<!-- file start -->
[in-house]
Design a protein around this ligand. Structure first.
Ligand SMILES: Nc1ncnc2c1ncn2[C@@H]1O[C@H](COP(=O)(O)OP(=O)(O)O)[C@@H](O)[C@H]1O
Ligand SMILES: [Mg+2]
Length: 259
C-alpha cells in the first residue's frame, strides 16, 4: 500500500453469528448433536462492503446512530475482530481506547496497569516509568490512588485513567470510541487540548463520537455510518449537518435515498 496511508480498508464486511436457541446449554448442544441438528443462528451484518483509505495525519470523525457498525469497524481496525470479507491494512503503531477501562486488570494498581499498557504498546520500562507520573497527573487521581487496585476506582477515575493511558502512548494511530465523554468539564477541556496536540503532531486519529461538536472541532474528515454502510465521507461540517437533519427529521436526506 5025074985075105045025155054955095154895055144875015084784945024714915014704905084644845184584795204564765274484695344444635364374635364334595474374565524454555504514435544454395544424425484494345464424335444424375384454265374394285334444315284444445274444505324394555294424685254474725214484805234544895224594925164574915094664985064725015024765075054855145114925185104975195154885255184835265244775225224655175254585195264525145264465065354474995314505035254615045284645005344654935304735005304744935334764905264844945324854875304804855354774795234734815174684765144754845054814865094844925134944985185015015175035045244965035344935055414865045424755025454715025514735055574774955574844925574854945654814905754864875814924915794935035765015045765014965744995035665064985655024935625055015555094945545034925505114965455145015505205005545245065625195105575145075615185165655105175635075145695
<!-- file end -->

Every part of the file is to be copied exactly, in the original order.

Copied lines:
[in-house]
Design a protein around this ligand. Structure first.
Ligand SMILES: Nc1ncnc2c1ncn2[C@@H]1O[C@H](COP(=O)(O)OP(=O)(O)O)[C@@H](O)[C@H]1O
Ligand SMILES: [Mg+2]
Length: 259
C-alpha cells in the first residue's frame, strides 16, 4: 500500500453469528448433536462492503446512530475482530481506547496497569516509568490512588485513567470510541487540548463520537455510518449537518435515498 496511508480498508464486511436457541446449554448442544441438528443462528451484518483509505495525519470523525457498525469497524481496525470479507491494512503503531477501562486488570494498581499498557504498546520500562507520573497527573487521581487496585476506582477515575493511558502512548494511530465523554468539564477541556496536540503532531486519529461538536472541532474528515454502510465521507461540517437533519427529521436526506 5025074985075105045025155054955095154895055144875015084784945024714915014704905084644845184584795204564765274484695344444635364374635364334595474374565524454555504514435544454395544424425484494345464424335444424375384454265374394285334444315284444445274444505324394555294424685254474725214484805234544895224594925164574915094664985064725015024765075054855145114925185104975195154885255184835265244775225224655175254585195264525145264465065354474995314505035254615045284645005344654935304735005304744935334764905264844945324854875304804855354774795234734815174684765144754845054814865094844925134944985185015015175035045244965035344935055414865045424755025454715025514735055574774955574844925574854945654814905754864875814924915794935035765015045765014965744995035665064985655024935625055015555094945545034925505114965455145015505205005545245065625195105575145075615185165655105175635075145695